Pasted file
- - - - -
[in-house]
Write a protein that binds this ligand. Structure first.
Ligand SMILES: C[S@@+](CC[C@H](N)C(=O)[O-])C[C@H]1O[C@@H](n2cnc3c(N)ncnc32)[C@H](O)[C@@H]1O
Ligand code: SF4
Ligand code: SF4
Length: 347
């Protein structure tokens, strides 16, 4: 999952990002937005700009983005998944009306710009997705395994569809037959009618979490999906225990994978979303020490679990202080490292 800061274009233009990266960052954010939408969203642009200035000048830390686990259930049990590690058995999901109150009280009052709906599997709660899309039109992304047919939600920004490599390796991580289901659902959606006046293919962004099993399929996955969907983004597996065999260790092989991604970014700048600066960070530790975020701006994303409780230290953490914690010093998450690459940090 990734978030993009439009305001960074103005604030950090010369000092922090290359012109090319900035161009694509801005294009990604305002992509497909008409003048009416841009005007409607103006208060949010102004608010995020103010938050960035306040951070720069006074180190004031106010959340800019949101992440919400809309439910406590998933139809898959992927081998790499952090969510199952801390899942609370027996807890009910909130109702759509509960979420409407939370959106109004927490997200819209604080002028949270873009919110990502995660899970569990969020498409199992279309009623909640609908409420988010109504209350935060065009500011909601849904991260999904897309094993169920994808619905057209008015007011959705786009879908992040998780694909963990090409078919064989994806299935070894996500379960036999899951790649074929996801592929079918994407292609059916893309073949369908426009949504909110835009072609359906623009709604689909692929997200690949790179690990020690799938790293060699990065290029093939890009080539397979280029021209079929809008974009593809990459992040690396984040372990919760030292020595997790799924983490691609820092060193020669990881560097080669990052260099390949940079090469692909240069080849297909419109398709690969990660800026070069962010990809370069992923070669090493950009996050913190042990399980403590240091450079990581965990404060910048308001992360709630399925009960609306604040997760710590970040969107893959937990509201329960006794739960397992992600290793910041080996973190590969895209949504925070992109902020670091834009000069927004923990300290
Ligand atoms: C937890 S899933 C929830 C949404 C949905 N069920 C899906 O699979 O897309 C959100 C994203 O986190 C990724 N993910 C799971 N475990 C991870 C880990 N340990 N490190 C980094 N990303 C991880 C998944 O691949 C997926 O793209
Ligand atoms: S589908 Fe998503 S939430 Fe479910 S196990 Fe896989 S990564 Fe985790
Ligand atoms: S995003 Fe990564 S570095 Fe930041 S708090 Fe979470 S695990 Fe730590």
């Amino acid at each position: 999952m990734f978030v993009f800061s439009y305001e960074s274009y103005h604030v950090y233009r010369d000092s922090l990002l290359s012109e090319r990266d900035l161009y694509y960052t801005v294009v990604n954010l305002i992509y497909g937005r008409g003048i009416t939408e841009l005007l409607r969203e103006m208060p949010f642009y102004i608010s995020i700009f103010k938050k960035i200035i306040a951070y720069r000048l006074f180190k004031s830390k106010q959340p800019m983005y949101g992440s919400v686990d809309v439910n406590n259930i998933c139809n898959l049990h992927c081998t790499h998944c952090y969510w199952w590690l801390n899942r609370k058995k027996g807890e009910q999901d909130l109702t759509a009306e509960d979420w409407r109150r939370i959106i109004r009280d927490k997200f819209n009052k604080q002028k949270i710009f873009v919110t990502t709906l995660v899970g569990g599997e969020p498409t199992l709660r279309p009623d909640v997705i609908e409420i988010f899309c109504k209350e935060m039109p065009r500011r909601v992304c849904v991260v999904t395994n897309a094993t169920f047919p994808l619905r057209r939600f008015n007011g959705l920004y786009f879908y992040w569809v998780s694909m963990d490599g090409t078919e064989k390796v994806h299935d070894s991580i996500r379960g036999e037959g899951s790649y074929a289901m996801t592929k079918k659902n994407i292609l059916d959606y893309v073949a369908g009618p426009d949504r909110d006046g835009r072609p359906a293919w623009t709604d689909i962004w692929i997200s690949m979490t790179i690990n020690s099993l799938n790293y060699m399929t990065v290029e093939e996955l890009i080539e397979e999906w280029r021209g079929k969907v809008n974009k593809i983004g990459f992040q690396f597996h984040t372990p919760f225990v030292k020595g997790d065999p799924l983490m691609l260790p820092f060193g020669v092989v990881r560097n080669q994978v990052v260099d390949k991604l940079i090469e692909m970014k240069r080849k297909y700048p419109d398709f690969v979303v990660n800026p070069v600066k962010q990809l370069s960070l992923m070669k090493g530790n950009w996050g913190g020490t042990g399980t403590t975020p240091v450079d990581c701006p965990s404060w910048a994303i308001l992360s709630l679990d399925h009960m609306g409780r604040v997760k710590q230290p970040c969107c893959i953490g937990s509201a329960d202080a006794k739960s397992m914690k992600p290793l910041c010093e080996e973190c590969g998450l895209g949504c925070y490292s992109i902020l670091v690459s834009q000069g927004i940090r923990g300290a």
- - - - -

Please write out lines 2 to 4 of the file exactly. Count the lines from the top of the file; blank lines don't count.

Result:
Write a protein that binds this ligand. Structure first.
Ligand SMILES: C[S@@+](CC[C@H](N)C(=O)[O-])C[C@H]1O[C@@H](n2cnc3c(N)ncnc32)[C@H](O)[C@@H]1O
Ligand code: SF4